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Suppose that you have a metric space $X$. Could you give an example of a theorem or a statement that holds for compact sets but does not hold for closed sets?


This question is motivated from a paragraph in Stephen Abbott's Understanding Analysis:

Whenever a fact involving closed intervals (in $\mathbb{R}$) is true, it is often the case that the same result holds when we replace "closed interval" with "compact set."

What would be the fact that contradicts the inverse statement?

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Compact sets are characterised by the property of being closed sets and also (as subsets of $\mathbb{R}^n$) bounded sets. Can you think of a statement which is true for a closed set only if it's bounded? –  Daniel Rust Feb 12 '13 at 19:45
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The question you ask is not related to the citation. In $\mathbb R$, closed intervals are compact sets hence you could ask for a statement true for closed intervals but not for every compact set. (Then: "connectedness" might answer your query.) –  Did Feb 12 '13 at 19:46
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Let $A$ be a compact subset of the reals. Any continuous function is bounded on $A$. Not true if $A$ is merely closed. –  André Nicolas Feb 12 '13 at 19:46
    
Your question is not clear, because you do not specify the inverse statement that should be contradicted. Naively that would be "Whenever a fact involving compact set is true, it is often the case that the same result holds when we replace 'compact' with 'closed interval'", but that is a true statement (assuming "interval" implies "bounded" which I suppose is the case for this author) since closed intervals of $\Bbb R$ are compact (and in general metrix spaces the notion of interval is meaningless), hence there cannot be anything that contradicts it. –  Marc van Leeuwen Feb 12 '13 at 20:28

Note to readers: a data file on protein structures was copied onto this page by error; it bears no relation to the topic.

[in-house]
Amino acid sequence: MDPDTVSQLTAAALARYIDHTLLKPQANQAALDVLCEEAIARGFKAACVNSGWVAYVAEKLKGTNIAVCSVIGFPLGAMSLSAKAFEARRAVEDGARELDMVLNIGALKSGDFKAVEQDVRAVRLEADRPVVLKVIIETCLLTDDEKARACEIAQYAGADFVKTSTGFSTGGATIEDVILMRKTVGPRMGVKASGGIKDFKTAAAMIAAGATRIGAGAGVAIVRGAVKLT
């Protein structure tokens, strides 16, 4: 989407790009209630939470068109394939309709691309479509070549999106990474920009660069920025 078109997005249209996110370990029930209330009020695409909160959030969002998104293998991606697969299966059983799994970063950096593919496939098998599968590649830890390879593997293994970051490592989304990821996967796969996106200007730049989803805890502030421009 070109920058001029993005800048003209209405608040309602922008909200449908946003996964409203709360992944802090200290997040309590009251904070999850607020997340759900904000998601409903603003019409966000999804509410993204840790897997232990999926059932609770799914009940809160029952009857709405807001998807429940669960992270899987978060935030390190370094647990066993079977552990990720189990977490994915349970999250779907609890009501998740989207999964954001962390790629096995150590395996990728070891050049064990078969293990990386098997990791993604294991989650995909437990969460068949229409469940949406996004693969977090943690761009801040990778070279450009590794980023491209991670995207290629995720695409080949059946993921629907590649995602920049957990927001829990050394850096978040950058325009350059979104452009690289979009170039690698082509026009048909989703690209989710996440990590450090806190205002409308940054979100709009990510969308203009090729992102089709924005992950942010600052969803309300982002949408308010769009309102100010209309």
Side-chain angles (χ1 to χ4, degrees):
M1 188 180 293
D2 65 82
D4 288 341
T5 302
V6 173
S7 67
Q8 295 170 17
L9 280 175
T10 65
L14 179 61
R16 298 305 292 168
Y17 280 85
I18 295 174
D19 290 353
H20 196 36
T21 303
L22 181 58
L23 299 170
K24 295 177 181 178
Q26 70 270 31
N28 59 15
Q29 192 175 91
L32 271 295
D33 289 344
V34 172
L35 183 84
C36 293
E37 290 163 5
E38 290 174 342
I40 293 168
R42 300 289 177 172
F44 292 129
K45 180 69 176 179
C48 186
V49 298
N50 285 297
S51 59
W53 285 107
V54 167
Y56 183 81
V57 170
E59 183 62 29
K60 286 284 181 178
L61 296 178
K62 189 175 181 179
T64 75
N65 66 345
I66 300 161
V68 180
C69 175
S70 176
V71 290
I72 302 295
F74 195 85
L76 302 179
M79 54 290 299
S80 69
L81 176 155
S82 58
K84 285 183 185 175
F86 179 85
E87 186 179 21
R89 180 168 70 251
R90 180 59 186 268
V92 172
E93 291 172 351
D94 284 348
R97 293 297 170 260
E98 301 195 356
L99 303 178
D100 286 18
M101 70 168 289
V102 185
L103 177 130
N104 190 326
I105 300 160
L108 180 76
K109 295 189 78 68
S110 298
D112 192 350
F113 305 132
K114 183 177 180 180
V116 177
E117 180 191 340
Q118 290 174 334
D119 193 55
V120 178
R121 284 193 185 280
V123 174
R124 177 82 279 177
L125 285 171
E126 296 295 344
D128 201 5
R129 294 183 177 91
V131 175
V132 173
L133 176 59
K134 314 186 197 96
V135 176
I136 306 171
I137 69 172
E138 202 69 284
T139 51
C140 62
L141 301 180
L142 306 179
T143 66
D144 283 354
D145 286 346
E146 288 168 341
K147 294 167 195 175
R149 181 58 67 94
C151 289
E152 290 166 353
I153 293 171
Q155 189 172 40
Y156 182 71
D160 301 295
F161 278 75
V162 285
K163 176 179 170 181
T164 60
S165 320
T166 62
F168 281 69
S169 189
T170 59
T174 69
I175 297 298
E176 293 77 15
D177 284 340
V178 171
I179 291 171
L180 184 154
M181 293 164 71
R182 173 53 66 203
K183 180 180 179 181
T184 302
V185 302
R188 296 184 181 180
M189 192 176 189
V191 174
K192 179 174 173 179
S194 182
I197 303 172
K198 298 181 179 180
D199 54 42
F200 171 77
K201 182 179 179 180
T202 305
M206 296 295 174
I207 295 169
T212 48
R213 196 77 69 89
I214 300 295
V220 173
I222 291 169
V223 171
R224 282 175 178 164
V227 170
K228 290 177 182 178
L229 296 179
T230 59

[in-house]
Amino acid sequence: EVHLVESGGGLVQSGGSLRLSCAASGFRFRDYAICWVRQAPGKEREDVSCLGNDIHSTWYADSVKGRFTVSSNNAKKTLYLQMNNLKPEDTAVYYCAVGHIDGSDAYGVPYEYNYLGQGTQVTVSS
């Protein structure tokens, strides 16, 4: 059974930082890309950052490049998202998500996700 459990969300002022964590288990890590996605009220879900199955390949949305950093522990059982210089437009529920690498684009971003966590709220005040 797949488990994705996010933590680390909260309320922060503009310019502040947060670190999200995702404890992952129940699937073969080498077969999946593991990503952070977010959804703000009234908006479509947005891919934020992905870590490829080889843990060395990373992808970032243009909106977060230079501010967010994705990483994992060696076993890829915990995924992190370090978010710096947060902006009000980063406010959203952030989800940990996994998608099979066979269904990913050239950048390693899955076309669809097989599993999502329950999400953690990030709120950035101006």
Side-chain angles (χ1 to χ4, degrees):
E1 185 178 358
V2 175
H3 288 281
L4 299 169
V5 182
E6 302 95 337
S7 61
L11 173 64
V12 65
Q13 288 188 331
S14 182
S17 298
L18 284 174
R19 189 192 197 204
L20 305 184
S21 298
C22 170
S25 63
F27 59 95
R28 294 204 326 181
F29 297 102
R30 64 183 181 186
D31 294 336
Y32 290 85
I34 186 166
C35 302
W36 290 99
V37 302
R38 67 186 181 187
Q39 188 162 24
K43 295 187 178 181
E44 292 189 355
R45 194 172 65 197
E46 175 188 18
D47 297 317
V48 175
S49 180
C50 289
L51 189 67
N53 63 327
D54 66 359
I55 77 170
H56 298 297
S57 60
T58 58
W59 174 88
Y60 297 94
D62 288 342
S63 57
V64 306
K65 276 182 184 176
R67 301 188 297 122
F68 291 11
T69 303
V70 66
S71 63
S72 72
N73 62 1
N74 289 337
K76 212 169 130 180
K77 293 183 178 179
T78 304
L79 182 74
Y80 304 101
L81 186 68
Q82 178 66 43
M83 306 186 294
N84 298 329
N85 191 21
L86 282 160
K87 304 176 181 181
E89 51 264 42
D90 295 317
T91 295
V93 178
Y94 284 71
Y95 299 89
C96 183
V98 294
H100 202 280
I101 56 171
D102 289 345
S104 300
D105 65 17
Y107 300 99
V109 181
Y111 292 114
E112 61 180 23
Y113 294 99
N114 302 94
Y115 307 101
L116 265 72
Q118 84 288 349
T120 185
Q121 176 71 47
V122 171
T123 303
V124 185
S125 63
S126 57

@Did $\mathbb{R}$ is a closed interval. –  1015 Feb 12 '13 at 22:19
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5 Answers

up vote 4 down vote accepted

“The continuous image of a (blah) set is (blah).” True when (blah) is “compact”, false when (blah) is “closed”.

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+blah. $ $ $ $ $ $ –  Did Feb 12 '13 at 20:47
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Every open covering of a compact set has finite subcovering.

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Well, that was an easy one. –  Hagen von Eitzen Feb 12 '13 at 20:32
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In a metric space, every sequence in a compact set has a subsequence that converges. This need not be true if the set is simply closed. As a counterexample think of $a_n=n$: the sequence is in the set $\mathbb R$ which is closed (but not compact) and $$ \lim_{n\to+\infty}a_n=+\infty \notin \mathbb R $$

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Note that in Euclidean spaces, such as $\mathbb{R}$, a set is compact if and only if it is closed and bounded. So what you're looking for is something that separate bound and unbound sets. The most trivial one is: "every compact set in $\mathbb{R}$ is bound", which is true, but not true for closed sets, since for instance $\mathbb{R}$ itself is a closed set.

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You may not have encountered all of these definitions yet, but here is a hint at the bigger picture.

The Heine–Borel theorem states that the following are equivalent for a subspace $E \subset \mathbb{R}^n$:

(1) $E$ is compact.

(2) Every subsequence in $E$ has a convergent subsequence.

(3) $E$ is closed and bounded.

This theorem can be generalized to any metric space $X$ with a slight modification:

(1) $X$ is compact.

(2) Every subsequence in $X$ has a convergent subsequence.

(3) $X$ is totally bounded and complete.

In case these definitions are new:

A metric space $X$ is called totally bounded if for each $ \varepsilon > 0$, there exists a finite number of open balls of radius $\varepsilon$ that cover $X$.

A metric space $X$ is called bounded if there exists $b > 0$ such that $d(x,y)<b$ for all $x,y\in X$.

As Andreas pointed out above, we can break stuff if we remove the 'bounded' condition. A similar example is the theorem that any continuous function on a metric space will achieve its maximum and minimum on a compact set, e.g., any continuous function on a (finite and closed) interval $[a,b]\subset\mathbb{R}$. However, $\mathbb{R}\subset\mathbb{R}$ is itself closed, but a function like $f(x) = x$ has no maximum or minimum on $\mathbb{R}$ because $\mathbb{R}$ is not bounded.

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